Nos. 02387-ag (L), 03-40143-ag (con).United States Court of Appeals, Second Circuit.
February 9, 2007.

[EDITOR’S NOTE: This case is unpublished as indicated by the issuing court.]

UPON DUE CONSIDERATION of these petitions for review of decisions of the Board of Immigration Appeals (“BIA”), it is hereby ORDERED, ADJUDGED, AND DECREED that the petitions for review are DENIED.

Theodore N. Cox, New York, New York, for Petitioner.

Paul I. Perez, United States Attorney for the Middle District of Florida, David P. Rhodes, Karin B. Hoppmann, Assistant United States Attorneys, Tampa, Florida, for Respondent.

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Petitioner De Guan Yang, a native and citizen of the People’s Republic of China, seeks review of two BIA orders: the first, a July 30, 2002 order affirming the June 21, 2001 decision of Immigration Judge William C. Peterson denying petitioner’s application for asylum, withholding of removal, and relief under the Convention Against Torture (“CAT”), In re De Guan Yang, No. A 78 720 162 (B.I.A. July 30, 2002) aff’g No. A 78 720 162 (Immig. Ct. N.Y. City June 21, 2001); the second, a May 28, 2003 order denying petitioner’s motion to reopen his removal proceedings, In re De Guan Yang, No. A 78 720 162 (B.I.A. May 28, 2003). We assume the parties’ familiarity with the underlying facts and procedural history of the case.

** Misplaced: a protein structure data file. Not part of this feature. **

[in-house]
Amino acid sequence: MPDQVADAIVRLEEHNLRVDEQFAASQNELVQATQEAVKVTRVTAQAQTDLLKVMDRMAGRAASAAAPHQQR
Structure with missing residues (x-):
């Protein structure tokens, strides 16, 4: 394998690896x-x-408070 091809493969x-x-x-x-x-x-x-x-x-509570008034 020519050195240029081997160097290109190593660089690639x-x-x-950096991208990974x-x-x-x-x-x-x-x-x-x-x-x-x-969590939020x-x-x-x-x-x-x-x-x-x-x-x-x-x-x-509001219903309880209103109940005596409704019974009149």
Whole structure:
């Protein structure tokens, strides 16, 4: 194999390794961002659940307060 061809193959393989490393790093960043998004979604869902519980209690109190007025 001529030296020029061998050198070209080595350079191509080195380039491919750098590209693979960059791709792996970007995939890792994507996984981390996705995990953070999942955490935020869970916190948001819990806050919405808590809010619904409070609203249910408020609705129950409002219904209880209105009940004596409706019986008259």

As to the BIA’s 2002 final order of removal, we review the IJ’s decision as the final agency determination because the BIA summarily affirmed the IJ’s decision. See, e.g., Twum v. INS, 411 F.3d 54, 58 (2d Cir. 2005). This Court reviews questions of law de novo, including what evidence will suffice to carry an applicant’s burden of proof. See Jin Shui Qiu v. Ashcroft, 329 F.3d 140, 146 n. 2 (2d Cir. 2003). We review the agency’s factual findings, including adverse credibility determinations, under the substantial evidence standard, treating them as “conclusive unless any reasonable adjudicator would be compelled to conclude to the contrary.”8 U.S.C. § 1252(b)(4)(B); see, e.g., Zhou Yun Zhang v. INS, 386 F.3d 66, 73 n. 7 (2d Cir. 2004). However, we will vacate and remand for new findings if the agency’s reasoning or its fact-finding process was sufficiently flawed Cao He Lin v. U.S. Dep’t of Justice, 428 F.3d 391, 395, 406 (2d Cir. 2005); Tian-Yong Chen v. INS, 359 F.3d 121, 129 (2d Cir. 2004); see also Xiao Ji Chen v. U.S. Dep’t of Justice, 471 F.3d 315, 335 (2d Cir. 2006) (agreeing with this principle, but avoiding remand, in spite of deficiencies in an adverse credibility determination, because it could be confidently predicted that the IJ would adhere to the decision were the case remanded).